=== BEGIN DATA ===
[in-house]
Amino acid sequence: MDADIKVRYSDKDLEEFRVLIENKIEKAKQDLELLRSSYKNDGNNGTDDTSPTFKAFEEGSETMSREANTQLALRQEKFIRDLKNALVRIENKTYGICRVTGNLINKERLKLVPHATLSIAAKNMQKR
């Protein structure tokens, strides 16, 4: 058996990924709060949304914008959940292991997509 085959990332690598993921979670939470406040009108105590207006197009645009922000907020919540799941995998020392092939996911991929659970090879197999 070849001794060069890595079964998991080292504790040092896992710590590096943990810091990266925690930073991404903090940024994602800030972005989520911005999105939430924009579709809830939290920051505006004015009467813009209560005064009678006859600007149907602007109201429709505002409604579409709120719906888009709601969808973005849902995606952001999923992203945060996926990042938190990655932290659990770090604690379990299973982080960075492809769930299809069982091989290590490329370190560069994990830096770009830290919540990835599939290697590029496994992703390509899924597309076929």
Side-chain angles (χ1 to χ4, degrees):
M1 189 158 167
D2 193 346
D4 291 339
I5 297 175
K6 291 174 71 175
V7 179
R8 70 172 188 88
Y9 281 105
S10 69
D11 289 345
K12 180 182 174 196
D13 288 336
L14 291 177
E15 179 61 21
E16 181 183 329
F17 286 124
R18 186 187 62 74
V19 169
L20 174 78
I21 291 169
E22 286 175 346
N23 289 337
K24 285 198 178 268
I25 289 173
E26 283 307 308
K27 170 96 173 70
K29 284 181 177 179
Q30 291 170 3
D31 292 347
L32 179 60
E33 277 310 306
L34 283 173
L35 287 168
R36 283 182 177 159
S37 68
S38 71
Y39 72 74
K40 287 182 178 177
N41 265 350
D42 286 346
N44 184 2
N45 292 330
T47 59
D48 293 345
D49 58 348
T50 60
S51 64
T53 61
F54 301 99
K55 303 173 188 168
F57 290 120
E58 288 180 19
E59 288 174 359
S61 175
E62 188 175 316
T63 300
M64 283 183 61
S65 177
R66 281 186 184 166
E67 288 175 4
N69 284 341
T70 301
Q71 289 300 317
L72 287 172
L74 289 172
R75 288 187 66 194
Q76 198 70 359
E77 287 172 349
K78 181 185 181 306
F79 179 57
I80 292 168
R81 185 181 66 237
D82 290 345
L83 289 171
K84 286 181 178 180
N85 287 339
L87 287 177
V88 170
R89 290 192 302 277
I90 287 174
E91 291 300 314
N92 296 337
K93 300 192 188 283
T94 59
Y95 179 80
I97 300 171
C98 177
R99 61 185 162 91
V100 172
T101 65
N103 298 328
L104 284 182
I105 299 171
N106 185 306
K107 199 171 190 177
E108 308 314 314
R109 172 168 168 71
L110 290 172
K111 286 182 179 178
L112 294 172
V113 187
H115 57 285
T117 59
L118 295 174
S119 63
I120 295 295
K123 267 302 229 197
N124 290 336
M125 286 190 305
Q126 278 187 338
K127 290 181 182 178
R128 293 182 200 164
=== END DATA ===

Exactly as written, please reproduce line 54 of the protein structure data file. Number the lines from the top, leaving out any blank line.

K55 303 173 188 168